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According to Fox News, Rev. Rob Fisher said the physical damage could have been “a lot worse.” The psychic damage, one imagines, will take longer to assess.

After the Rose Garden speech, Trump made the short walk from the White House to St. John’s.

“We have a great country,” Trump told reporters, holding the Bible. “We will make it even greater. It won’t take long.”

At one point, as Trump posed in front of the church with members of his cabinet, as well as White House press secretary Kayleigh McEnany, he shushed a reporter (about the 2:20 mark in the video above).

It was an appropriate demand for a moment of silence to commemorate the scene, a moment for viewers to appreciate the symbolism of a United States president standing in defense of a church that had been deliberately attacked.

Like so many things with the president, you saw what you wanted to see. Jennifer Rubin — whose role at The Washington Post, for the unacquainted, is positioned as the reformed conservative in residence who bridles with anger at anything Trump-adjacent — was an early front-runner for the most overheated response to this from an individual Who Is to Be Taken Seriously.

“Nothing could be more representative of the dangerous narcissism of a president in over his head, resorting to threats of violence against a country he ostensibly is supposed to lead. The deliberate instigation of violence for his own photo op tells Americans how deeply twisted and deformed his character is,” Rubin wrote Monday evening in a twin-denunciation of Trump’s visit to St. John’s and the Rose Garden speech in which he promised to get violent unrest under control.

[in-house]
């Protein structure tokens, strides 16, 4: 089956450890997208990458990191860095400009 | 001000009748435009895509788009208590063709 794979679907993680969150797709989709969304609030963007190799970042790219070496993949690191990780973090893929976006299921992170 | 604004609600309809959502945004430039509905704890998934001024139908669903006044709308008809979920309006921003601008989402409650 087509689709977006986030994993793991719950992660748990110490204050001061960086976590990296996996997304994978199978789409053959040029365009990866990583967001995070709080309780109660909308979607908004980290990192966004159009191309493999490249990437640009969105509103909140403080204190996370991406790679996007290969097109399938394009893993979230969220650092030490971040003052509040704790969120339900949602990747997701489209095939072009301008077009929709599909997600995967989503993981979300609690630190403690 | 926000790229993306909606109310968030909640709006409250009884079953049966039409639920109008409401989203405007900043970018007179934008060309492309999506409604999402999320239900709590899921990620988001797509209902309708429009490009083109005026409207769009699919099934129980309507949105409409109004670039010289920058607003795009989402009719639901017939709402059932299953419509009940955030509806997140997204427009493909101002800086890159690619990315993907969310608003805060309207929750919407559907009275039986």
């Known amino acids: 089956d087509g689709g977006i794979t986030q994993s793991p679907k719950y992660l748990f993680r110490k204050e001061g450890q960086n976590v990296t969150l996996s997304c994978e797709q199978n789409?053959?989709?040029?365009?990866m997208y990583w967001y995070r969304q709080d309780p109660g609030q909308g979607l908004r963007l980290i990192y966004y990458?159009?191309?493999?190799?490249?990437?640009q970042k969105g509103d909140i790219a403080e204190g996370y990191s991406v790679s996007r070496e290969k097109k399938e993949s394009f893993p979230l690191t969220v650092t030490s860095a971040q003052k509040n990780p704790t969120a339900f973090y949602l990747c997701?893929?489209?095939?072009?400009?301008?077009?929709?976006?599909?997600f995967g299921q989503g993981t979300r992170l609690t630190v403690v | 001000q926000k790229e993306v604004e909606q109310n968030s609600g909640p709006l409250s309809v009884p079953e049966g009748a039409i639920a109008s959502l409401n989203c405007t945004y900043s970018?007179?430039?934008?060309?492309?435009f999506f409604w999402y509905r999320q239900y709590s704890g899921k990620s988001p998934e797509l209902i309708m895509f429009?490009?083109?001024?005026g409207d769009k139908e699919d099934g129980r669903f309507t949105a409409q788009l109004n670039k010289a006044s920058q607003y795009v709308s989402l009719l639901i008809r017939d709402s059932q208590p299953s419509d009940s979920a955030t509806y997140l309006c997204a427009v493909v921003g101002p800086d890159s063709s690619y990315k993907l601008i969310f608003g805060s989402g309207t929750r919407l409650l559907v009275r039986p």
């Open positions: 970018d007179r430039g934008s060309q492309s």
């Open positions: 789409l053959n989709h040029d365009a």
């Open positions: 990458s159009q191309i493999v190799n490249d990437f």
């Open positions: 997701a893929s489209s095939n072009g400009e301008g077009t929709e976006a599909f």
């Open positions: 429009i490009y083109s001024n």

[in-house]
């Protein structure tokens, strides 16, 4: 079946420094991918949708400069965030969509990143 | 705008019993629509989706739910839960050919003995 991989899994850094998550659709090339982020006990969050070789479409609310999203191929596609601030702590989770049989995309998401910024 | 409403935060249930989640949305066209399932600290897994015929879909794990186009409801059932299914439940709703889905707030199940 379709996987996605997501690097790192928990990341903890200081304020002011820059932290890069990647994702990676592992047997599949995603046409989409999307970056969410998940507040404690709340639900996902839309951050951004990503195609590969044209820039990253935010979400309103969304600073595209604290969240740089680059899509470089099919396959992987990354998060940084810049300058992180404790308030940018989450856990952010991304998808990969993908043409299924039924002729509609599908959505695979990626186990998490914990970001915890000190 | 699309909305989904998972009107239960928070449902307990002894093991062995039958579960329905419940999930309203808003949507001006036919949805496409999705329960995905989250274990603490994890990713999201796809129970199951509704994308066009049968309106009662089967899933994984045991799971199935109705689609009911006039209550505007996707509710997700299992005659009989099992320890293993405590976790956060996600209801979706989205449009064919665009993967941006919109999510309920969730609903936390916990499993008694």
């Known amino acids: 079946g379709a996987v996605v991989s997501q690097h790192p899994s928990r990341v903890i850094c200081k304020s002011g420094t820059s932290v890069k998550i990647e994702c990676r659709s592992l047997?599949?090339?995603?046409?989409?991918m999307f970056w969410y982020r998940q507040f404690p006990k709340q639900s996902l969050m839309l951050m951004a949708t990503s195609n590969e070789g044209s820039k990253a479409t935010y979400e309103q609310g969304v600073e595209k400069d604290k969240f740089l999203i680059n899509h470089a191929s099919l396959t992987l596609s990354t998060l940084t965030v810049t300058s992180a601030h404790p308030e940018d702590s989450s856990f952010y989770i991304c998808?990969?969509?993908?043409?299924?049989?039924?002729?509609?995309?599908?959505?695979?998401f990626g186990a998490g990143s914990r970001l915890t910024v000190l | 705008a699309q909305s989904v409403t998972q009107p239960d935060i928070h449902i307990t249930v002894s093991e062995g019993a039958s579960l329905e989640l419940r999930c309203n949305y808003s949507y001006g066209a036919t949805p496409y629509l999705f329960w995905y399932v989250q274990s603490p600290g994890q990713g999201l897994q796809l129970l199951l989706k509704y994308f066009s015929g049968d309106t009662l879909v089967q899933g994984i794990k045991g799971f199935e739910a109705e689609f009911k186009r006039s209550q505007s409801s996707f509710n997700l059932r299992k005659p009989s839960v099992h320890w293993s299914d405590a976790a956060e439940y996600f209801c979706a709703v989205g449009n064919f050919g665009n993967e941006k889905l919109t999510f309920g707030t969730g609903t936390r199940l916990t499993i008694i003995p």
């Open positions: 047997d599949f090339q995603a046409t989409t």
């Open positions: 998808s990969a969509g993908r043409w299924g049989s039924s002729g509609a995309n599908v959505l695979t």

“His stunt was designed to play to the most rabid white evangelicals, who inexplicably have always seen themselves — not African Americans — as the true victims. The invocation of a religious institution to justify an assault on peaceful protesters was as great an abuse of religious symbols as anything Trump has done. Surely, he never heard of the ‘Blessed are the peacemakers’ passage from the Christian bible [sic]. He worships not peacemakers but instruments of brute force.”

Let’s leave aside the strangeness of appealing to “the most rabid white evangelicals” by visiting an Episcopal church, of all places, in the wake of an attack on it. Rubin’s argument, when collapsed to its most basic level,  is that the righteousness falls on the side of those who desecrated the church, not those who tried to show that such attacks cannot shake the foundation of our country or the faith of its people.